Page 23 - WestlawnMasthead16_Dec.10 draftI.pub

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“I’ve never been able to understand why so many builders and designers use stainless
underwater fittings, fasteners, and hardware. The pitting corrosion problem seems
forgotten or unknown but can be very serious.”
Dave Gerr
Want to know how to prevent this problem? See Metal Corrosion in Boats page 25.
It appears to me that the angled-down large lift strakes be-
ing further apart forward than aft, are ramming water pres-
sure into the suction area aft of amidships.
Back in the Pacemaker days, I wanted to measure the de-
flection of the fiberglass bottom between the stringers aft of
the engines. Pop made me a straight edge with a dial indica-
tor on it measuring in thousandths of an inch. To my sur-
prise when the Captain opened the throttles, the bottom
instead of deflecting upward sucked down.
Lindsey Lord writes in the
Naval Architecture of Planing
Hulls
, that a constant section of deadrise will relieve this
suction. I disagree. The theory is that the twisting of the wa-
ter under a boat as it travels aft, absorbs power. I believe the
water does not travel aft parallel to the centerline, but fans
outboard toward the chines. The downward-slanting large lift
strakes keep lots of the water traveling parallel to the cen-
terline, thus relieving the suction. Why else would this de-
sign have such a large percentage of resistance reduction
compared to conventional designs? Take a look at the plot
of these boats on George Crouch’s chart. [See page 26 of
th
e
September 2010 issue of
The Masthead
.]
Tunnels combined with bubbles and a larger than usual
shaft angle allow these conventional drive engines to be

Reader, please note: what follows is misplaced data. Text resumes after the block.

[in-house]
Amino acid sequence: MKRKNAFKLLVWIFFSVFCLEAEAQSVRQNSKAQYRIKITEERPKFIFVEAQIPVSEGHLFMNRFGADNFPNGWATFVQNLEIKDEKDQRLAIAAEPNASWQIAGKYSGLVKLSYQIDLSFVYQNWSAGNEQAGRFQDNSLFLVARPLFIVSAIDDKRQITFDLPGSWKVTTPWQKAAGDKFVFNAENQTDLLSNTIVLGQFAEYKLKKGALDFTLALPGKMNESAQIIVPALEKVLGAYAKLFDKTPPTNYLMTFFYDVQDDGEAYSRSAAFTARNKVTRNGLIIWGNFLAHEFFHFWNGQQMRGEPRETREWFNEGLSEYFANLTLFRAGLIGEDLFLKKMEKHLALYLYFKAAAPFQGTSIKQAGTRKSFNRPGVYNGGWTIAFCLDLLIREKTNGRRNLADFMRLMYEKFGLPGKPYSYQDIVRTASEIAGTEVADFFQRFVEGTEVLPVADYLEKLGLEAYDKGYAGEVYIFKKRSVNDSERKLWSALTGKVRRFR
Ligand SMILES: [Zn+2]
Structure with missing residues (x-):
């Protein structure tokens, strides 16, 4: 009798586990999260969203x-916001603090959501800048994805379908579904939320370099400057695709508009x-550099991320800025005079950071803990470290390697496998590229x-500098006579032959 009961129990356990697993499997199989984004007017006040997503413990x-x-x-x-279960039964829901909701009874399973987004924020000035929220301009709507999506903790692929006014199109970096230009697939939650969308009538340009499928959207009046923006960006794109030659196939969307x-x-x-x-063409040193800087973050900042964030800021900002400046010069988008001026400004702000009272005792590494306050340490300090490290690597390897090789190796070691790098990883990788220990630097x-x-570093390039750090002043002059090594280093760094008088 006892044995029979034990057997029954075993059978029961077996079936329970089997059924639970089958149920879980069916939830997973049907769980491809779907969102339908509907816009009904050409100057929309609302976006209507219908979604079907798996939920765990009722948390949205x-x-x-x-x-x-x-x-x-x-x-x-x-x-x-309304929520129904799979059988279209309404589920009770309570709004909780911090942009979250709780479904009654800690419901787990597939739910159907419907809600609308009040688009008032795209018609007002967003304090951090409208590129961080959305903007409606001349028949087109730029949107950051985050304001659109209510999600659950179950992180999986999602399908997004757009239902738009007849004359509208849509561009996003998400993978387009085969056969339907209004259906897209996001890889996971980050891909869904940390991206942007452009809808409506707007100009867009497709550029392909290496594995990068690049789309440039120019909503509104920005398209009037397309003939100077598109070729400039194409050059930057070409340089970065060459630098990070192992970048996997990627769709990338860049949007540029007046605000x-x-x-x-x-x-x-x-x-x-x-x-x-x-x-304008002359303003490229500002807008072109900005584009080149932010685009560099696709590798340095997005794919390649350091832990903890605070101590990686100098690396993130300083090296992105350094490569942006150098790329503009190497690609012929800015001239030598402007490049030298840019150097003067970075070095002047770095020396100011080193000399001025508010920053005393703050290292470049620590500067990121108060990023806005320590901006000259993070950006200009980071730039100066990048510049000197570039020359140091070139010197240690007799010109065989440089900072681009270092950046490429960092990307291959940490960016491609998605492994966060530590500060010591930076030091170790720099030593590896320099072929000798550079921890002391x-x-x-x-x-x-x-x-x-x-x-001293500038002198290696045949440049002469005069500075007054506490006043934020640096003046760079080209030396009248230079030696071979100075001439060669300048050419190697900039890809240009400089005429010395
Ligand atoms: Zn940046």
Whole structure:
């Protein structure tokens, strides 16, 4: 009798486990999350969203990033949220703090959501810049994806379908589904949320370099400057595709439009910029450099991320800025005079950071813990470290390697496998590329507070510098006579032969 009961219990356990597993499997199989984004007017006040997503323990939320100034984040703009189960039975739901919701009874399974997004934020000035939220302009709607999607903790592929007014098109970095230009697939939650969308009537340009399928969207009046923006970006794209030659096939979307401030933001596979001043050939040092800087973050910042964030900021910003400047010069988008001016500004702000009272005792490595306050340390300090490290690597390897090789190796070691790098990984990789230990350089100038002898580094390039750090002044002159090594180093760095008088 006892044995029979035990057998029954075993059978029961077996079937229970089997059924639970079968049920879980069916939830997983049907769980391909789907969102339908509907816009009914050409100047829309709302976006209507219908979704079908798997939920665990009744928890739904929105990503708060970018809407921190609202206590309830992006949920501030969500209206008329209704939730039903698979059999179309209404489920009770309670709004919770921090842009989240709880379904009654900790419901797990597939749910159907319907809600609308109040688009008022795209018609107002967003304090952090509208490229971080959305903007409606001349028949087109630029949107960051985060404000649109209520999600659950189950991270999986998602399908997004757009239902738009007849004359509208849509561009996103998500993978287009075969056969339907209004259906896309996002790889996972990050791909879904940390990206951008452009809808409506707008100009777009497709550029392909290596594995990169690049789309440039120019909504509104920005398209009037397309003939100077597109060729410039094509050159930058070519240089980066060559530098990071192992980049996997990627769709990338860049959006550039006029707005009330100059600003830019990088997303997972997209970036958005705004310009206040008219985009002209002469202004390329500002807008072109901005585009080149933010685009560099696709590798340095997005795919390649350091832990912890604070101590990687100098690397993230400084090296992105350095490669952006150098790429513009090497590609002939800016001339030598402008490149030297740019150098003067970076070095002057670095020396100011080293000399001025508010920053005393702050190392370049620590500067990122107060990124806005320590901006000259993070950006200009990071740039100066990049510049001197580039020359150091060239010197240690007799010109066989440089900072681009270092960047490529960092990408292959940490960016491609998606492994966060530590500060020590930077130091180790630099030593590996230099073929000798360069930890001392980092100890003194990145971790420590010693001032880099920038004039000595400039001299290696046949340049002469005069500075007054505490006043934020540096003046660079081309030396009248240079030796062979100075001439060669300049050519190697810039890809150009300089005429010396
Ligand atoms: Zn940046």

located farther aft than most competitive installations. This
extra fore-and-aft room allows a large master stateroom and
a utility room under the house floor. Both boats are avail-
able with either an enclosed bridge or an open bridge. There
is a stairway in the house up to the enclosed bridge.
When we first went with the enclosed bridge, none of us at
Ocean realized how popular it would be. Everybody loves the
quietness of the enclosed bridge and the fact that it is air/
conditioned. I would love to have the go-ahead to stretch the
73 to 80 feet. The superstructure and layout could remain
the same. The entire eight feet could be put into a longer
balcony. The engines could move far enough aft to come out
hatches in the balcony. The additional eight feet of length
below decks could be designed to house a belly full of ta
This would give the range to go from Bermuda to the Azo
After that she would have the range to penetrate well int
the Mediterranean.
It would have a new, but similar layout that would fit be-
tween watertight bulkheads with watertight doors. The
crew’s quarters would be aft of the master stateroom, ac
cessible from a stairway from the house, which would als
access the master stateroom. The whole design would a
here to the Coast-Guard requirements for an L vessel taki
passengers for hire, including conformity with requireme
for surviving flooded compartments and damaged stabili
These were to be backed up by calculations that would n
approval by Coast-Guard plan review. There should be an
adequate 110-volt generator aft of the bridge bulkhead f
emergencies. Her engines should perhaps be naturally as
rated crew-boat rated engines, which would reduce strain
moving parts.
She should have a dry-stack exhaust so that if she should
have a flooded compartment, the water could not get int
the engine as it would with a stern exhaust several feet u
derwater in the damaged condition.
In 1910 my father was head of machinery for the South J
sey Yacht Building Company, in Atlantic City. He installed
and serviced the engines in the 40-ft. Tom Bowe’s design
Dream.
The
Dream
won the Atlantic City to Bermuda rac
1911, 1912, and 1913. How many boats today, 95 years
later, have engines as dependable as those he installed
maintained in the
Dream
?
————————
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